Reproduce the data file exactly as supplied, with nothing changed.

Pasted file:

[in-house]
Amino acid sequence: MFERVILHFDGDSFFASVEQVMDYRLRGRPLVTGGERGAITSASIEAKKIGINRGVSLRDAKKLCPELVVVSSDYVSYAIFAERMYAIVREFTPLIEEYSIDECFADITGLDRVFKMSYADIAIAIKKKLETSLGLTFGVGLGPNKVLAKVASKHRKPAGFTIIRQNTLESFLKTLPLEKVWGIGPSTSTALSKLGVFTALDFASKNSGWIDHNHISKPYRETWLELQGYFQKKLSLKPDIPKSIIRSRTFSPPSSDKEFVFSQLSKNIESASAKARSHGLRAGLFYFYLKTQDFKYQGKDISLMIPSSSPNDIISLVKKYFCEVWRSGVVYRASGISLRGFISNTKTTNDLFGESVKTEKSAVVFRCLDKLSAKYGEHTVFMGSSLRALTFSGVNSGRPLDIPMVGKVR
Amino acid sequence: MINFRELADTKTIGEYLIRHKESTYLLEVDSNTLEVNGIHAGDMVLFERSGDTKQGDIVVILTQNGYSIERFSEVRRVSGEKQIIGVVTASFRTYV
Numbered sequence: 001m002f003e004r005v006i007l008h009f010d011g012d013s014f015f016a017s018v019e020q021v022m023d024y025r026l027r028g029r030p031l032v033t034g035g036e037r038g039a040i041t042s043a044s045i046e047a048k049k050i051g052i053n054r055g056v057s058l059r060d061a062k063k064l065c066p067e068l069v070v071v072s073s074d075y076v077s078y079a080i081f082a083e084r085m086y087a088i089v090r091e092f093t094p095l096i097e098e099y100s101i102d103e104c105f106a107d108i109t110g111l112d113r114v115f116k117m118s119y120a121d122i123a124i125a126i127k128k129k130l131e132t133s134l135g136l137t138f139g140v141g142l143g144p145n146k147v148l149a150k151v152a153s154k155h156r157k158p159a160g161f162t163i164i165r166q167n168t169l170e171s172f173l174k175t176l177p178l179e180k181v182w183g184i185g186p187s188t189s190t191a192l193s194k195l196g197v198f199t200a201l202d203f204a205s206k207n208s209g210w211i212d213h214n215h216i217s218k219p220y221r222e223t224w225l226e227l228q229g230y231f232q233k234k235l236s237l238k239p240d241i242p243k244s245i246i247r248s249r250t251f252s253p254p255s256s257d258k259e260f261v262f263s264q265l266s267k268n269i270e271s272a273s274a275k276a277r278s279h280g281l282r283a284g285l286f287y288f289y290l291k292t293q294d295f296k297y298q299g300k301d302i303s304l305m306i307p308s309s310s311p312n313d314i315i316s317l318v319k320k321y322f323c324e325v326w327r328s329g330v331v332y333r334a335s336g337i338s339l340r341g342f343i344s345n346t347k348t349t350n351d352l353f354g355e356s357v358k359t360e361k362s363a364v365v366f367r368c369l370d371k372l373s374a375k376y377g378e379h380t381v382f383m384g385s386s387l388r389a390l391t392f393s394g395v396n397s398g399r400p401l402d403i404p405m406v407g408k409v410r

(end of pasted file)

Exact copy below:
[in-house]
Amino acid sequence: MFERVILHFDGDSFFASVEQVMDYRLRGRPLVTGGERGAITSASIEAKKIGINRGVSLRDAKKLCPELVVVSSDYVSYAIFAERMYAIVREFTPLIEEYSIDECFADITGLDRVFKMSYADIAIAIKKKLETSLGLTFGVGLGPNKVLAKVASKHRKPAGFTIIRQNTLESFLKTLPLEKVWGIGPSTSTALSKLGVFTALDFASKNSGWIDHNHISKPYRETWLELQGYFQKKLSLKPDIPKSIIRSRTFSPPSSDKEFVFSQLSKNIESASAKARSHGLRAGLFYFYLKTQDFKYQGKDISLMIPSSSPNDIISLVKKYFCEVWRSGVVYRASGISLRGFISNTKTTNDLFGESVKTEKSAVVFRCLDKLSAKYGEHTVFMGSSLRALTFSGVNSGRPLDIPMVGKVR
Amino acid sequence: MINFRELADTKTIGEYLIRHKESTYLLEVDSNTLEVNGIHAGDMVLFERSGDTKQGDIVVILTQNGYSIERFSEVRRVSGEKQIIGVVTASFRTYV
Numbered sequence: 001m002f003e004r005v006i007l008h009f010d011g012d013s014f015f016a017s018v019e020q021v022m023d024y025r026l027r028g029r030p031l032v033t034g035g036e037r038g039a040i041t042s043a044s045i046e047a048k049k050i051g052i053n054r055g056v057s058l059r060d061a062k063k064l065c066p067e068l069v070v071v072s073s074d075y076v077s078y079a080i081f082a083e084r085m086y087a088i089v090r091e092f093t094p095l096i097e098e099y100s101i102d103e104c105f106a107d108i109t110g111l112d113r114v115f116k117m118s119y120a121d122i123a124i125a126i127k128k129k130l131e132t133s134l135g136l137t138f139g140v141g142l143g144p145n146k147v148l149a150k151v152a153s154k155h156r157k158p159a160g161f162t163i164i165r166q167n168t169l170e171s172f173l174k175t176l177p178l179e180k181v182w183g184i185g186p187s188t189s190t191a192l193s194k195l196g197v198f199t200a201l202d203f204a205s206k207n208s209g210w211i212d213h214n215h216i217s218k219p220y221r222e223t224w225l226e227l228q229g230y231f232q233k234k235l236s237l238k239p240d241i242p243k244s245i246i247r248s249r250t251f252s253p254p255s256s257d258k259e260f261v262f263s264q265l266s267k268n269i270e271s272a273s274a275k276a277r278s279h280g281l282r283a284g285l286f287y288f289y290l291k292t293q294d295f296k297y298q299g300k301d302i303s304l305m306i307p308s309s310s311p312n313d314i315i316s317l318v319k320k321y322f323c324e325v326w327r328s329g330v331v332y333r334a335s336g337i338s339l340r341g342f343i344s345n346t347k348t349t350n351d352l353f354g355e356s357v358k359t360e361k362s363a364v365v366f367r368c369l370d371k372l373s374a375k376y377g378e379h380t381v382f383m384g385s386s387l388r389a390l391t392f393s394g395v396n397s398g399r400p401l402d403i404p405m406v407g408k409v410r